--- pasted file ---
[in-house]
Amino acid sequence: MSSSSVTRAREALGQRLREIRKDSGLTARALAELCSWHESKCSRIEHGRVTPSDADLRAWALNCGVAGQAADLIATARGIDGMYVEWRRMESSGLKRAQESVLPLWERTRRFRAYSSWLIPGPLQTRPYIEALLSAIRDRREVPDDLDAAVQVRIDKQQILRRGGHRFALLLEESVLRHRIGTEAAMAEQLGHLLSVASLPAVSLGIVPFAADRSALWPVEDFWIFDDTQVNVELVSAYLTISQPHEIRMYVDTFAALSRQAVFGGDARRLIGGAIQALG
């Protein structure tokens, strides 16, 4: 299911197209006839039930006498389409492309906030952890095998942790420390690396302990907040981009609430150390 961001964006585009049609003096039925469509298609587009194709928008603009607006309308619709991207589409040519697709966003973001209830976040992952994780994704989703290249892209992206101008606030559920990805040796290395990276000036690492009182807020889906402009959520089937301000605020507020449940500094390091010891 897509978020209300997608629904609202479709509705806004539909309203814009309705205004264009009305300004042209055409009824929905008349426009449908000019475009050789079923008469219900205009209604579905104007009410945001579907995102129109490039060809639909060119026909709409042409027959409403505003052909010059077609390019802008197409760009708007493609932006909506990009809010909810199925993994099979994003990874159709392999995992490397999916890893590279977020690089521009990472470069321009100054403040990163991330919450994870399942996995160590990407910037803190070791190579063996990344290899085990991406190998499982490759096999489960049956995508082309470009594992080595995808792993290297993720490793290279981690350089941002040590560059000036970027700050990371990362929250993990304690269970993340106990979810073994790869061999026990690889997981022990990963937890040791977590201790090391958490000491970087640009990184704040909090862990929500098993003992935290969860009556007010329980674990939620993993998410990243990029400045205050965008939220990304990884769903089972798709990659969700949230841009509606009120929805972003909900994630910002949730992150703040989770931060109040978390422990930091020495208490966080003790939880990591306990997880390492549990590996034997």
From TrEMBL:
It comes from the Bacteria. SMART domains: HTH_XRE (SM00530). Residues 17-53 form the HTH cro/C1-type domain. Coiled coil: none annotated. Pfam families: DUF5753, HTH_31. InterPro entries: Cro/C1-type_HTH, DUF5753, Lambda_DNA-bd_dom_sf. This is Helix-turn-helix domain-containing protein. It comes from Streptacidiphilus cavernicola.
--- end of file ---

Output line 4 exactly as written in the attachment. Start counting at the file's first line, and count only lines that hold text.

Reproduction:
From TrEMBL: